WHATEVER HAPPENED TO LEGITIMACY?
By Paul Merkley.
The government of Israel was properly enraged that Ban Ki-Moon, in his farewell address as Secretary-General of the UN, chose to single out Israel’s “occupation” of “Palestine” as the fundamental cause of unhappiness among people who live in the Arab world, and, in doing so, offered justification for the campaign of terror being conducted daily by Palestinian Arabs against citizens of Israel. “Palestinian frustration,” he proclaimed, “is growing under the weight of a half century of occupation and the paralysis of the peace process….As oppressed peoples have demonstrated throughout the ages, it is human nature to react to occupation, which often serves as a potent incubator of hate and extremism.”
How did we get to this moment when our most esteemed public voices are recommending terror as a “natural reaction”?
On November 29, 1947, the General Assembly of the United Nations voted, 33 to 13 with 10 abstentions, to accept Partition of the Mandate under which Great Britain had governed Palestine; there was to be “a Jewish State” and “an Arab State.” As it turned out, this would be the last occasion when the two “Superpowers” voted on the same side of major issue until one of them — the U.S.S.R. –handed over its nameplate to be melted down.
Despite great disappointment regarding the tiny dimensions of the State that the UN would be handing over, the Zionists agreed to the process. The entire Arab world, operating, as always, under the zero-sum thinking which is the hallmark of Islam, refused to accept that any part of what had previously been ruled by Muslims (the Ottomans) should be ceded to anybody. They appealed to the God of War. They lost that appeal then – as they would lose it again more times than can be counted except by historical specialists.
Those nations who opposed the decision of the World’s Parliament and who started up that sequence of wars intended to drive the Jews into the sea, should have been made to answer at that time. They should, at very least, have been expelled from the United Nations so long as they remained in defiance not only of the Partition decision but of the chain of consequences that have followed from it.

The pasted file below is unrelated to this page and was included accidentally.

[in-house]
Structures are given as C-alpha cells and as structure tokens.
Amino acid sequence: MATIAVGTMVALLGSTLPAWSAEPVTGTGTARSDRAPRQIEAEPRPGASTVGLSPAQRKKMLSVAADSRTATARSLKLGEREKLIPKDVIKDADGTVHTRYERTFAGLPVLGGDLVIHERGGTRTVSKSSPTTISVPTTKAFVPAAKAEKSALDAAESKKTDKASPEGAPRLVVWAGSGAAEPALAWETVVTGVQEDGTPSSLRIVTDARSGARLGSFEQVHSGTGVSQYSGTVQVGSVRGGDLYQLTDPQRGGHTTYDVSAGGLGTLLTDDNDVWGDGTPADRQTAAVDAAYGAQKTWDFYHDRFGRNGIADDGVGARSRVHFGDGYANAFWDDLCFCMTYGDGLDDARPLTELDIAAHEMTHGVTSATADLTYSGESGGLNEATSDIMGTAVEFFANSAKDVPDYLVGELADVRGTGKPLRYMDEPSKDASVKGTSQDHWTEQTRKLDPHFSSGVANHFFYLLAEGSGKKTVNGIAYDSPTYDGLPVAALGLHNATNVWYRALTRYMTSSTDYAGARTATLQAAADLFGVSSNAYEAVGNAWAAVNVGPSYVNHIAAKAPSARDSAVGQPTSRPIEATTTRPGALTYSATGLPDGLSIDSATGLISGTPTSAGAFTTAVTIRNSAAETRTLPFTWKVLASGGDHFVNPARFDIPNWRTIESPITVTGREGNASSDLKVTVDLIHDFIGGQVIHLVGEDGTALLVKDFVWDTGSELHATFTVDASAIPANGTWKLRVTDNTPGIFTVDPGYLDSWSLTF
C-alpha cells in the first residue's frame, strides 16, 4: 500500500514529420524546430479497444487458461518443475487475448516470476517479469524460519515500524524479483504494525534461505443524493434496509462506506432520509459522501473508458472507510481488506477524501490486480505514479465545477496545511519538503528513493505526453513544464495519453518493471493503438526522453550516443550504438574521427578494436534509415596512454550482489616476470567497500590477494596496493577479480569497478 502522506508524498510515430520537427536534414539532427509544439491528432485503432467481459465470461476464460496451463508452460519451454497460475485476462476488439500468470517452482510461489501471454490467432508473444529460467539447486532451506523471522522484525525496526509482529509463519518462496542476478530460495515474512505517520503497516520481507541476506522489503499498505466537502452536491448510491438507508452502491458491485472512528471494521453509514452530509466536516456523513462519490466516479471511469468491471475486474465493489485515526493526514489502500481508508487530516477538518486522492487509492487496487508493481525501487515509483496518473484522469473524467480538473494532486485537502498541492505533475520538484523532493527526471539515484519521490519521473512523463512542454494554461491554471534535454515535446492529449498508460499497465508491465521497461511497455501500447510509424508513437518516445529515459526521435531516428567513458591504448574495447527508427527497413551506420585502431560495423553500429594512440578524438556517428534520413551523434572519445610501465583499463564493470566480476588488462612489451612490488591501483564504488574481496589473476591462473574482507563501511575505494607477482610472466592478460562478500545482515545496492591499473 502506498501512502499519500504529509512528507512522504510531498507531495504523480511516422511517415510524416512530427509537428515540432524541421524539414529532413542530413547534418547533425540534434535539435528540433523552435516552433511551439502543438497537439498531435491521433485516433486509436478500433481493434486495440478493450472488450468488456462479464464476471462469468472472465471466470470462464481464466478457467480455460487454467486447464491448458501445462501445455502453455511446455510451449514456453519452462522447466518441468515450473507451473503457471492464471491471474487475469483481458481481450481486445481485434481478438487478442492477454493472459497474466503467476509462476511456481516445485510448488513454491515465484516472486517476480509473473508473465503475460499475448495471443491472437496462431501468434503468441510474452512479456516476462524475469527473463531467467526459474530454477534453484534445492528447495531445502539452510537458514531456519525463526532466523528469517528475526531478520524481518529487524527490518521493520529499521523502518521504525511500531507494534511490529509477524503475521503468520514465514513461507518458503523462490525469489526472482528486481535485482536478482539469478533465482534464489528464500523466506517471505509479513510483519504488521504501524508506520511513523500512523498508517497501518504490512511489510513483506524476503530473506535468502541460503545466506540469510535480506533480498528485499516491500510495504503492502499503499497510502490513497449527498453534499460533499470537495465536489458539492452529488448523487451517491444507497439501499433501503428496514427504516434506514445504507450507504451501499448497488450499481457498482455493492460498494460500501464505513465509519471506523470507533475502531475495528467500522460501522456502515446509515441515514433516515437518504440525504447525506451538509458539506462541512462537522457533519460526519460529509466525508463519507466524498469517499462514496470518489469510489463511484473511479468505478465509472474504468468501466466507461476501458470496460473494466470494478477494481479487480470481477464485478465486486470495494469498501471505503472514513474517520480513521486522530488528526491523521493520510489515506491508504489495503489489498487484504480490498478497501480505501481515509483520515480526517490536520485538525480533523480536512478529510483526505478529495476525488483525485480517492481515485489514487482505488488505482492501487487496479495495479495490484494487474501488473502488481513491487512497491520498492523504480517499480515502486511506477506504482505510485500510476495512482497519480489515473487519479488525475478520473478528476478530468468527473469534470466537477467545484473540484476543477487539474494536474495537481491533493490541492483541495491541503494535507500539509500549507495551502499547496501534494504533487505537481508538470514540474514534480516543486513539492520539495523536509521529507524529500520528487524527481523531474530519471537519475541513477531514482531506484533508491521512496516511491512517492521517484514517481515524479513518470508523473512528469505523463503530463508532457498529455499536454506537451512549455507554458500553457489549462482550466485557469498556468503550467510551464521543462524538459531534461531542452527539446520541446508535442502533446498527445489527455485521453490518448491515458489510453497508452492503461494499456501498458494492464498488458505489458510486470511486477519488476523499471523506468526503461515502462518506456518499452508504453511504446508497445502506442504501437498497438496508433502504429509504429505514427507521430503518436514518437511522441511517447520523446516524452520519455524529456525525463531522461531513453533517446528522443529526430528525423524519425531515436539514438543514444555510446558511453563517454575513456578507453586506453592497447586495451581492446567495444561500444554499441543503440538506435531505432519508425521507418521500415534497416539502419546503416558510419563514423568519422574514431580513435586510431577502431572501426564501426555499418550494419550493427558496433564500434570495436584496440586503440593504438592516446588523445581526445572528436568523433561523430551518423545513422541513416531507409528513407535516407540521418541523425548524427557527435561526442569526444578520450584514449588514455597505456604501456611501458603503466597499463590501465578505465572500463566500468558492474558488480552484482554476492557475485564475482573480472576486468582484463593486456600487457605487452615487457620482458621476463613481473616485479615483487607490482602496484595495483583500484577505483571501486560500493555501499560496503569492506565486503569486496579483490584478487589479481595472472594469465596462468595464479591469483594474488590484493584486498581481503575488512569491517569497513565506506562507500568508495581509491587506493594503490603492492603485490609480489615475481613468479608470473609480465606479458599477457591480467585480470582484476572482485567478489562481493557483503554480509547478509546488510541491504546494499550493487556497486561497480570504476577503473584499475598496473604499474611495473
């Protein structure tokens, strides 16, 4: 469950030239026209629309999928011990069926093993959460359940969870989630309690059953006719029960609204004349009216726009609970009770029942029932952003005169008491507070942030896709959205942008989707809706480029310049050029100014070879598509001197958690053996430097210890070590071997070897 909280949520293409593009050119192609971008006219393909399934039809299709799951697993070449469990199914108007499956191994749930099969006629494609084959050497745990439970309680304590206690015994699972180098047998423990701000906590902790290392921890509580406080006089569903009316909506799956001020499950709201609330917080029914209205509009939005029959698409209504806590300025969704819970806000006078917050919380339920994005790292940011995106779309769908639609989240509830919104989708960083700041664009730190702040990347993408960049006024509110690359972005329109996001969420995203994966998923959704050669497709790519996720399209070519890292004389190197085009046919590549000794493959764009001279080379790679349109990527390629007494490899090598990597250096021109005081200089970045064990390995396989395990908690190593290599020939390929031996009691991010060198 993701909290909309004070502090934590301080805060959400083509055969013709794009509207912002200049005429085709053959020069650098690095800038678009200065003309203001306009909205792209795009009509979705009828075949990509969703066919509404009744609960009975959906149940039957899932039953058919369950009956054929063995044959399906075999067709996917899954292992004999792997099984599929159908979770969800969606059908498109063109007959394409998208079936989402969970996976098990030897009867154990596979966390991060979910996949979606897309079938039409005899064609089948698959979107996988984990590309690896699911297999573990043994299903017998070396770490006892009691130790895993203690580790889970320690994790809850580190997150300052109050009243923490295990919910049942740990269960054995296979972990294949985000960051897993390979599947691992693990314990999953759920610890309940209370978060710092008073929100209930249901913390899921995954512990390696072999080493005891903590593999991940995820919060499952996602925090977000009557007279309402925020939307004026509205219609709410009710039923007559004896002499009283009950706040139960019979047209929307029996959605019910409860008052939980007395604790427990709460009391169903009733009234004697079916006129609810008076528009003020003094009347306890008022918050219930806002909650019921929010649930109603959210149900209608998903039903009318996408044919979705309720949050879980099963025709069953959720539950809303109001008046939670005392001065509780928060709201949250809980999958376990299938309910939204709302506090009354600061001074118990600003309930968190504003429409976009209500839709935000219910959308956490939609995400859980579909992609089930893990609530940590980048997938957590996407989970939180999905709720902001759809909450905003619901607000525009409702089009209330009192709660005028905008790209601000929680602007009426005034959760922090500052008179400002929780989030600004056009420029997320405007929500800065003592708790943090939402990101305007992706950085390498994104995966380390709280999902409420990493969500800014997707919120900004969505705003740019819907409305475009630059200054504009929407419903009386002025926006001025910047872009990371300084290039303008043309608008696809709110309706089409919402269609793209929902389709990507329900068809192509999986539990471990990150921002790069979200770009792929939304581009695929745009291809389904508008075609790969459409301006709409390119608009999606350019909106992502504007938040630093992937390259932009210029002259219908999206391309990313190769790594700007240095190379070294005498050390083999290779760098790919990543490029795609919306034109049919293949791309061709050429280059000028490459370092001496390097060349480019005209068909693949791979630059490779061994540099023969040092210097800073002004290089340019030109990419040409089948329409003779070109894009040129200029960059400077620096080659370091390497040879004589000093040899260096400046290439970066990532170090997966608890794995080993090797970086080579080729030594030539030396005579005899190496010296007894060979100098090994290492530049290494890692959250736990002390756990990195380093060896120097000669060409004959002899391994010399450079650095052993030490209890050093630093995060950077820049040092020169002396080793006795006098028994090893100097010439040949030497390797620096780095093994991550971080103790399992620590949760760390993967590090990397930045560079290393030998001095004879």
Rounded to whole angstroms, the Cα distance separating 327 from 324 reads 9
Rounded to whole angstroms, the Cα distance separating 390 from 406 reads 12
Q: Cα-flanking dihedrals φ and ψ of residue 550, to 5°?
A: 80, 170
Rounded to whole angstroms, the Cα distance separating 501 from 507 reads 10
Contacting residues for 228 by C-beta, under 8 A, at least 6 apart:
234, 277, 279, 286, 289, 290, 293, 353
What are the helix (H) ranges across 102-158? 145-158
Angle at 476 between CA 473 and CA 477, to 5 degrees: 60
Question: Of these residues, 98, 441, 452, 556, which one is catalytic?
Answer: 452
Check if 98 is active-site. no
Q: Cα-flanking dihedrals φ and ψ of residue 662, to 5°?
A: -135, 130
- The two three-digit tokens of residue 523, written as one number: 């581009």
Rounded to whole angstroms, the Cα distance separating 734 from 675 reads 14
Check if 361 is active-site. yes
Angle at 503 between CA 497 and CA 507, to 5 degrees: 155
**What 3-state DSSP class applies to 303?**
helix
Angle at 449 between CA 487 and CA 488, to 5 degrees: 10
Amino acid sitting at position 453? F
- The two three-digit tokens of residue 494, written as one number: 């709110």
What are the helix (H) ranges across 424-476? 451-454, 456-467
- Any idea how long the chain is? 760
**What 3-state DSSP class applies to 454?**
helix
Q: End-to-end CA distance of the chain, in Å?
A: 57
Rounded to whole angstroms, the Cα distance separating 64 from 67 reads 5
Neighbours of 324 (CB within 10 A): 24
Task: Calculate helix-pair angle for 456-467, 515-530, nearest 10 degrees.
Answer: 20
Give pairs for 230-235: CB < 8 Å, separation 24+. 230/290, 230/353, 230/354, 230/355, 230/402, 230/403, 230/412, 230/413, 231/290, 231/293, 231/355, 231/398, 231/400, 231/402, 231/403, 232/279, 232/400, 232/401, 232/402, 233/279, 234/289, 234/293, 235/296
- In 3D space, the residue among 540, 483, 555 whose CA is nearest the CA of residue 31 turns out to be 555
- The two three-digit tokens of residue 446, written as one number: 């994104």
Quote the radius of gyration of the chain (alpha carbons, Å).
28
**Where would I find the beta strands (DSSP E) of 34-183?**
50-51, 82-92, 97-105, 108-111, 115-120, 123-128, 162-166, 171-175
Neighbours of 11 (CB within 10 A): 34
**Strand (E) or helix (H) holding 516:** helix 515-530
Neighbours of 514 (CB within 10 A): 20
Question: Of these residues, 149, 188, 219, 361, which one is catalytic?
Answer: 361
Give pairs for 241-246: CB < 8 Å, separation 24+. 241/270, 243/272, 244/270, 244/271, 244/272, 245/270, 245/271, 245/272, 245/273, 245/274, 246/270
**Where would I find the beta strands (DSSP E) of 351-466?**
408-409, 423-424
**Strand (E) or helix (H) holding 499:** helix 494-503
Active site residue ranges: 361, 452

To make an issue of Israel’s “right to exist” was to make issue with the whole possibility of purpose in History. If it is claimed that for a nation to enjoy “existence” there has to be some process of legitimation or authorization, what did Israel lack that other nations have? On the other hand, there was much that was dark and disreputable about the historical processes that had brought into existence those Arab nations that stood in judgment of Israel’s right to exist after 1948. Many were just as new in the world as Israel; some were even newer, having been recently manufactured along essentially artificial or fortuitous lines out of the remnants of European Empires; all of them were dictatorships or recently-founded “monarchies.” None had a pedigree to match that of Israel, whose History is recorded in texts that are at least four thousand years old.
Legitimacy Under Intellectual Assault.
Somewhere along the way, Israel has lost her most important asset. That asset was respect for Legitimacy. It was not because of anything that Israel did that she lost this asset. Rather, it was the consequence of a profound change in mental and philosophical attitudes in the world around her.
The notion of Legitimacy can occur only in minds prepared to respect the irreversibility of consequences taken by historical actors of the past – as was certainly true of the minds of most people alive in November, 1947, only a few months after the Allies won a war for the purpose of overthrowing illegitimate regimes based upon military conquest.